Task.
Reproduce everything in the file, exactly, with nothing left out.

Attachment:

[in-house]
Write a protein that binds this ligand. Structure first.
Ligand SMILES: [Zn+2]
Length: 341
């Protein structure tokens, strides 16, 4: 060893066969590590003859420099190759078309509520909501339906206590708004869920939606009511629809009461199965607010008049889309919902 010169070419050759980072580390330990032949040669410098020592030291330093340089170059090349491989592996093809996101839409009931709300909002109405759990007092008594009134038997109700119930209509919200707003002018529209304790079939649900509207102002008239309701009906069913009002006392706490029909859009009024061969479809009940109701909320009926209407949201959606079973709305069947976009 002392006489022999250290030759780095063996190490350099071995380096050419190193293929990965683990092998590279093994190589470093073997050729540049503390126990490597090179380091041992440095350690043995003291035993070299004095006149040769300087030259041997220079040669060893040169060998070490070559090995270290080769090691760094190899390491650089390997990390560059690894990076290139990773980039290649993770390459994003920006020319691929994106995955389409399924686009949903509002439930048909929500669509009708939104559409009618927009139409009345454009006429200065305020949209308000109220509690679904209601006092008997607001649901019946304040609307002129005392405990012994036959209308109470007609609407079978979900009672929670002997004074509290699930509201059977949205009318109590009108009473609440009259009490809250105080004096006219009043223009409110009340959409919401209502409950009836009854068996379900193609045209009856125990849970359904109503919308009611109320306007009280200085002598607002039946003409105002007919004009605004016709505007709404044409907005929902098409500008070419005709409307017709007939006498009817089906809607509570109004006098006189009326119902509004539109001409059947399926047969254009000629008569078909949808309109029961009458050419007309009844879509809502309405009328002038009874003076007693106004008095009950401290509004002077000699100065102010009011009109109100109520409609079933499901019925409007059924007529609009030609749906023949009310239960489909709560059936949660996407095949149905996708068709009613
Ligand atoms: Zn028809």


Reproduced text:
[in-house]
Write a protein that binds this ligand. Structure first.
Ligand SMILES: [Zn+2]
Length: 341
């Protein structure tokens, strides 16, 4: 060893066969590590003859420099190759078309509520909501339906206590708004869920939606009511629809009461199965607010008049889309919902 010169070419050759980072580390330990032949040669410098020592030291330093340089170059090349491989592996093809996101839409009931709300909002109405759990007092008594009134038997109700119930209509919200707003002018529209304790079939649900509207102002008239309701009906069913009002006392706490029909859009009024061969479809009940109701909320009926209407949201959606079973709305069947976009 002392006489022999250290030759780095063996190490350099071995380096050419190193293929990965683990092998590279093994190589470093073997050729540049503390126990490597090179380091041992440095350690043995003291035993070299004095006149040769300087030259041997220079040669060893040169060998070490070559090995270290080769090691760094190899390491650089390997990390560059690894990076290139990773980039290649993770390459994003920006020319691929994106995955389409399924686009949903509002439930048909929500669509009708939104559409009618927009139409009345454009006429200065305020949209308000109220509690679904209601006092008997607001649901019946304040609307002129005392405990012994036959209308109470007609609407079978979900009672929670002997004074509290699930509201059977949205009318109590009108009473609440009259009490809250105080004096006219009043223009409110009340959409919401209502409950009836009854068996379900193609045209009856125990849970359904109503919308009611109320306007009280200085002598607002039946003409105002007919004009605004016709505007709404044409907005929902098409500008070419005709409307017709007939006498009817089906809607509570109004006098006189009326119902509004539109001409059947399926047969254009000629008569078909949808309109029961009458050419007309009844879509809502309405009328002038009874003076007693106004008095009950401290509004002077000699100065102010009011009109109100109520409609079933499901019925409007059924007529609009030609749906023949009310239960489909709560059936949660996407095949149905996708068709009613
Ligand atoms: Zn028809």